The possible element of mud is there in calling the Kentucky Derby because the forecast right now is a little bit shaky. So there will be, all the colored silks will turn brown by the time they get to the top of the stretch. So there are many things involved in calling that race.
Interestingly enough, last week I had a chance to sit down with the other guys who have called a race for network television over the years before me, Tom Durkin, Dave Johnson, and Mike Battaglia, and all of us were able to sit down with Bob Costas and talk about what’s involved in calling the Kentucky Derby, and that’s going to be one of the features on our show on Saturday.
Had a great time doing it and can’t wait to see how it all came out, because I think people are going to really get a kick out of that behind-the-scenes experience of actually calling this Kentucky Derby.
So it’s going to be a great one. It’s a wide open field. A lot of horses have a shot, and just have to see what happens on the first Saturday in May.
DAN MASONSON: Let’s open it up to questions.
Q. Mike, I know you’re kind of a sports junkie. I’m just interested if you had any childhood memories at all of watching the Triple Crown races? I was wondering if maybe Affirmed and that era was maybe when you were growing up?
MIKE TIRICO: You’re taking a guess because you know my age, aren’t you?
Q. That’s why. I know you’re a little younger than me.
MIKE TIRICO: I know your trick. That’s about right. Yeah, that area was spectacular to have been around that time. With Jim McKay, and Al Michaels, and that group at ABC. Watching that on Wide World of Sports, as Rob mentioned earlier, it was on from 4:30 to 6:00. It was very quick.
So watching that over the years and actually a few of those towards the end of that network run, I was covering the golf tournament that led into the Kentucky Derby. So I had watched a few Kentucky Derby’s later in my career from the Byron Nelson golf tournament in Irving, Texas. So over the last 14 years I’ve watched the Derby getting ready for an NBA playoff game on a Sunday afternoon. So that’s why I haven’t been able to get the experience it in person.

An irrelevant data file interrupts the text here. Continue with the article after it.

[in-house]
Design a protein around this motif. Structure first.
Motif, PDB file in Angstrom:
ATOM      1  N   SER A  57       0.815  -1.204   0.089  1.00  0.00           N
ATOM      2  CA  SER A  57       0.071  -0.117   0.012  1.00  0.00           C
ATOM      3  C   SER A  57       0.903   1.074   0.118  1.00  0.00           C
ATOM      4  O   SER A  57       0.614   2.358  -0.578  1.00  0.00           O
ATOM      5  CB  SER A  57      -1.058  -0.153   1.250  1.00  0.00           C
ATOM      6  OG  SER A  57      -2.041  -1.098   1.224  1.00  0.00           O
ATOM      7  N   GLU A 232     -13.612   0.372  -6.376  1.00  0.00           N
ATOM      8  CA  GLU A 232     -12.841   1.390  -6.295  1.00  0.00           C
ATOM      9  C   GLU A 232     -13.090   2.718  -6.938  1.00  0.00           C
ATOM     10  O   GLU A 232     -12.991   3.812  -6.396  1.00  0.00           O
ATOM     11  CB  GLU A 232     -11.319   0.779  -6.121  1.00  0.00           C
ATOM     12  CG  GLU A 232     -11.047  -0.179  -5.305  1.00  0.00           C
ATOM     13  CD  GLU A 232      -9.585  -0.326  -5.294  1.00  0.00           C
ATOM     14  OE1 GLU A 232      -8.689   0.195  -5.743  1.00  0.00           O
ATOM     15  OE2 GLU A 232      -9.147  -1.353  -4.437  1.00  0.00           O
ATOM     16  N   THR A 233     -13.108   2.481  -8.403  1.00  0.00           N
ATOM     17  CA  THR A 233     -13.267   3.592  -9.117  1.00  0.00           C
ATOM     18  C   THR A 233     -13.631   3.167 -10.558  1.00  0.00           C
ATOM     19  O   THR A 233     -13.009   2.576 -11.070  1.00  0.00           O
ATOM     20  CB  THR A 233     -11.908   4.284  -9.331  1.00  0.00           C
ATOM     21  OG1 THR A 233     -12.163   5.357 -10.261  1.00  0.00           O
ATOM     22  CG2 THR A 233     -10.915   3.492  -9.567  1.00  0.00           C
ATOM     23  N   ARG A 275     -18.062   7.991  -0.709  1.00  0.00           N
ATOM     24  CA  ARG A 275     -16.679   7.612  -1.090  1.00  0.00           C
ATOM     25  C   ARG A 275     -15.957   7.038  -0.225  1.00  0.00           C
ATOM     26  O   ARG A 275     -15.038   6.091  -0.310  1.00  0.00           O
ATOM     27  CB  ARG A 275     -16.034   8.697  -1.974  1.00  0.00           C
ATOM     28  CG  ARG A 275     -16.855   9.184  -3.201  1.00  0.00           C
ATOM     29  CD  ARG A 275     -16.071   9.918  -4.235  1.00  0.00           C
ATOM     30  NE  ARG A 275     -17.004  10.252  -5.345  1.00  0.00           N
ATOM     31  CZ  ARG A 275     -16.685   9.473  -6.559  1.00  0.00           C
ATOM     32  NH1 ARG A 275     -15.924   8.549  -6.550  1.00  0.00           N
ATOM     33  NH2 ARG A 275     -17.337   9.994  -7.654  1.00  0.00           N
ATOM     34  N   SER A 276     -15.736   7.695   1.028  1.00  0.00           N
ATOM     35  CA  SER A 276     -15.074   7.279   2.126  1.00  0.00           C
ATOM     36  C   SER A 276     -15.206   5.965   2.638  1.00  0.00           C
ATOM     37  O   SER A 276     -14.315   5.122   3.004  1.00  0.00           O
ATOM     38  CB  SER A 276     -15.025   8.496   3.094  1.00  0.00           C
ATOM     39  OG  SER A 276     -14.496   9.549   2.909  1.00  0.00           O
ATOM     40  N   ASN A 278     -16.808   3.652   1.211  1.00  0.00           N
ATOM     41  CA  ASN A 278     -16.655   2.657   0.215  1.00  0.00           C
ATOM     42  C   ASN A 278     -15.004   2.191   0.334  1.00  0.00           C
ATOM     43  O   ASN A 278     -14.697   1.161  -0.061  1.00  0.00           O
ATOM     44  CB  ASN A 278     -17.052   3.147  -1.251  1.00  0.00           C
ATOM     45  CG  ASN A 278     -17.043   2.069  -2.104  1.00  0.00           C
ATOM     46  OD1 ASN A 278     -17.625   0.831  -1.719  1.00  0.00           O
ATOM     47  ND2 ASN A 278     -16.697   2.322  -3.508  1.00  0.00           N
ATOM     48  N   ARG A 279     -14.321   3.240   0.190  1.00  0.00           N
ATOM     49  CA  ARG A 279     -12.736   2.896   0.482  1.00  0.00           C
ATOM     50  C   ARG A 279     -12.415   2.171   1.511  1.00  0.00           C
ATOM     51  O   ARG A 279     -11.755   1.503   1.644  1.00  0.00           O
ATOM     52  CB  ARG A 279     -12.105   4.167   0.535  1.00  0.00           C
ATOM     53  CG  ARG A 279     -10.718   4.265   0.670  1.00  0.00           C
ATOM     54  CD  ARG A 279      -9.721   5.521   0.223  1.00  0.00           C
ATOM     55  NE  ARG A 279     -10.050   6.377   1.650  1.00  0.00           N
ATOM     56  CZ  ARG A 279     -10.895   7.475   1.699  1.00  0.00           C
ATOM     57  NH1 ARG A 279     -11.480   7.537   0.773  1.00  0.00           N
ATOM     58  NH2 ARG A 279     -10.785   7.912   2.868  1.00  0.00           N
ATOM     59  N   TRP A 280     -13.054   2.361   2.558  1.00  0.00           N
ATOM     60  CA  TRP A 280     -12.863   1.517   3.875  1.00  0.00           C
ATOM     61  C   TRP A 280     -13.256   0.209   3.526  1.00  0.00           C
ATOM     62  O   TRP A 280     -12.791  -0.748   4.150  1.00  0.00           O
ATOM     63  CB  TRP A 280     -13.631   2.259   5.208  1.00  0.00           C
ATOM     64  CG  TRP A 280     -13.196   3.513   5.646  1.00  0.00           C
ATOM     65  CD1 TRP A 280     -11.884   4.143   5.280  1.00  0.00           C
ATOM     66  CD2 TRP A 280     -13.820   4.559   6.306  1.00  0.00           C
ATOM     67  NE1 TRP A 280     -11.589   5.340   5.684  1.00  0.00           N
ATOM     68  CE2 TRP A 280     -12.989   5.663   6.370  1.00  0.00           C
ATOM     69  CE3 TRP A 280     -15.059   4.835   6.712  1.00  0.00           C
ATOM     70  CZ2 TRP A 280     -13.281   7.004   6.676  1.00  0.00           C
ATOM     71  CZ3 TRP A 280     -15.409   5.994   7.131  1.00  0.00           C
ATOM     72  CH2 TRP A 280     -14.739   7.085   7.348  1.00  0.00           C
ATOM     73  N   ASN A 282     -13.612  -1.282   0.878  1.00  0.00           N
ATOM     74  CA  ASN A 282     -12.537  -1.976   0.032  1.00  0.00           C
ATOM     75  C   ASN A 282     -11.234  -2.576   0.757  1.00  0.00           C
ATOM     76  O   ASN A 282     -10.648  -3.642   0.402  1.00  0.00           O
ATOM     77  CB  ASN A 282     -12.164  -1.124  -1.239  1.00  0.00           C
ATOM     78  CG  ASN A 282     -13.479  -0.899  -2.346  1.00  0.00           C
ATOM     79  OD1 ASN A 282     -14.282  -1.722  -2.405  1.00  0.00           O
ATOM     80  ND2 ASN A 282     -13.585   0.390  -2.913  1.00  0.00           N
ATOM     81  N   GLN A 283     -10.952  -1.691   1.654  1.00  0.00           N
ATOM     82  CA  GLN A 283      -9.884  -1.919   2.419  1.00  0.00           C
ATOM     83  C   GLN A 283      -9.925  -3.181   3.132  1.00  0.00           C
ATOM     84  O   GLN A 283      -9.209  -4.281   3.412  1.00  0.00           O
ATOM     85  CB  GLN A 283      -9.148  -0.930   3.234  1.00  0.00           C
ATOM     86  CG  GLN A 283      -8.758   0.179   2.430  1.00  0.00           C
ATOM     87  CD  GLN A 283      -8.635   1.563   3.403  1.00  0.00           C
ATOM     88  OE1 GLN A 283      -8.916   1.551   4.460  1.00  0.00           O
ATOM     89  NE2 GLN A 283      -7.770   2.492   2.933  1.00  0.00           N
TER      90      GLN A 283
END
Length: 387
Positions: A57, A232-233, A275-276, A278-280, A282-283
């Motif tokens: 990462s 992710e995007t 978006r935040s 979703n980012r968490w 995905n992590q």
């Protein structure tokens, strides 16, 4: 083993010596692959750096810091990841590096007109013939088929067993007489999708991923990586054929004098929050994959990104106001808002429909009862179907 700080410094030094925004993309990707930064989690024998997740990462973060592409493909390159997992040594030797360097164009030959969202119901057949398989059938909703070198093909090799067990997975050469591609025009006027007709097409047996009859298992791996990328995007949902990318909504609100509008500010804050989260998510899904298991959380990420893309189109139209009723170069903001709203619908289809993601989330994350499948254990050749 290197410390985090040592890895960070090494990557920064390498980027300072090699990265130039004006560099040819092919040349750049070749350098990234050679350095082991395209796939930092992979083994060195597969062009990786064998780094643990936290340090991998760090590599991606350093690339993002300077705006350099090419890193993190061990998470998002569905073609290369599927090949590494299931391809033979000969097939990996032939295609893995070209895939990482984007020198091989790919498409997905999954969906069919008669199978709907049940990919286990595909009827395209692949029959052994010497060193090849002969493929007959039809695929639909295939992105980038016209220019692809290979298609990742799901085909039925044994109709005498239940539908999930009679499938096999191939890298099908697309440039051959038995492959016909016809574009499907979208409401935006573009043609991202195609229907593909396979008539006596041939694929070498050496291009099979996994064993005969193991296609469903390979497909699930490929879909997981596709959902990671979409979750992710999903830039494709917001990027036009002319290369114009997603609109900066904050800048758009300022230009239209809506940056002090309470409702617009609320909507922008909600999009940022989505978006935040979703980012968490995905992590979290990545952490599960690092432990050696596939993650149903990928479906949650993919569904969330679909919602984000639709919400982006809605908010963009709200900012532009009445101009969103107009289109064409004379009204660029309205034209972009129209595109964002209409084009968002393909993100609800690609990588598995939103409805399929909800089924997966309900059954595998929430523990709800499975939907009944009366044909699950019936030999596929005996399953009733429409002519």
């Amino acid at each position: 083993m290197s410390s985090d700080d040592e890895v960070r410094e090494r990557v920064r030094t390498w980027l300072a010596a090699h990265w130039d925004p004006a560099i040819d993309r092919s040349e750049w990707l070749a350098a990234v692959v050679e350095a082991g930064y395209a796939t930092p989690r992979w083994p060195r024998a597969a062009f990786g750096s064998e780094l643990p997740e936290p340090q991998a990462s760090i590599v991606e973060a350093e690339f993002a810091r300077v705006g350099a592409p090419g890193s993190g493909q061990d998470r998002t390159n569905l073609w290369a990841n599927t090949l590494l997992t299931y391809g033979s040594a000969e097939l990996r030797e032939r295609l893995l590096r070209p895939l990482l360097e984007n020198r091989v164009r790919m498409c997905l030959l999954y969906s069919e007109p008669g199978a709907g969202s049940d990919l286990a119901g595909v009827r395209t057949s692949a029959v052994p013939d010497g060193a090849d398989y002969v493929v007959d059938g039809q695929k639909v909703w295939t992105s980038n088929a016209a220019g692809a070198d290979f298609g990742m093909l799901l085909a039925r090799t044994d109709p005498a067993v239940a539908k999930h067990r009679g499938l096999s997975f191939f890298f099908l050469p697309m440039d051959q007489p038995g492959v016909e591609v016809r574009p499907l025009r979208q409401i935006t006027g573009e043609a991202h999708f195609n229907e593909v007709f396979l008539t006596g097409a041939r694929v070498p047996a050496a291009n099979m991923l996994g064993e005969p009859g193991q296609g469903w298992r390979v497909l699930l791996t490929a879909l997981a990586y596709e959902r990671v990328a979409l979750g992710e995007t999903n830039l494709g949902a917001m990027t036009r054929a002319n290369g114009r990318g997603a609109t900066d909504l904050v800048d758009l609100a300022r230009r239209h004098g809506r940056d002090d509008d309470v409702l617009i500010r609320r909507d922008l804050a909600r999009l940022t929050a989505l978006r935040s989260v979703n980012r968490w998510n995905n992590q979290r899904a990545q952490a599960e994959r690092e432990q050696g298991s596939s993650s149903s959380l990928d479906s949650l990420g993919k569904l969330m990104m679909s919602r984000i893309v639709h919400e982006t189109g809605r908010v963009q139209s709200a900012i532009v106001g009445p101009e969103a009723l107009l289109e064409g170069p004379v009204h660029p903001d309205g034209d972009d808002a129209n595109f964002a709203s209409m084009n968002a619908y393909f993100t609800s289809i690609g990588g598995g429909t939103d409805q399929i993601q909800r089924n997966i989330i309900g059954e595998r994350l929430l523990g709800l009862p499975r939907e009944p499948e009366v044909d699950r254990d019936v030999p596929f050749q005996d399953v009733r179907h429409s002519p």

But those are my earliest memories. I would say for all of us, even if you watch one race a year, you know this is the race to watch. And I think no matter your knowledge of the game, this is the one race that brings you to the TV because of the setting and the spectacle. You may not know the horses before, but you’ll know one when it’s done. That, I think, is what attracts so many people beyond the people who loved this game to watch. I know that was true for me as a kid. It’s true for me now, and to be a part of that is extra special.
Q. Thanks for doing the call. Rob, I’ll bother you with a quick production question. The longer window, how does that impact the way you guys are heading into the race, both from an operations and creative perspective this year?
ROB HYLAND: You know, it doesn’t change our philosophy. As I’ve said to people before, horse racing is, in effect, a complex, outdoor studio show. Yeah, we’re going to broadcast 21 races over the next three, four days, but our production philosophy doesn’t change just the format changes. It gets a heck of a lot thicker. It looks like a phone book this week.
So the challenge really becomes what we do to engage the viewers in between these races that happen every 50 minutes, every hour, and we do that through videotaped features, in-depth race analysis packages that Jerry and Randy handle. Really, it’s no different than when the show started at four o’clock. It’s just there is more of it.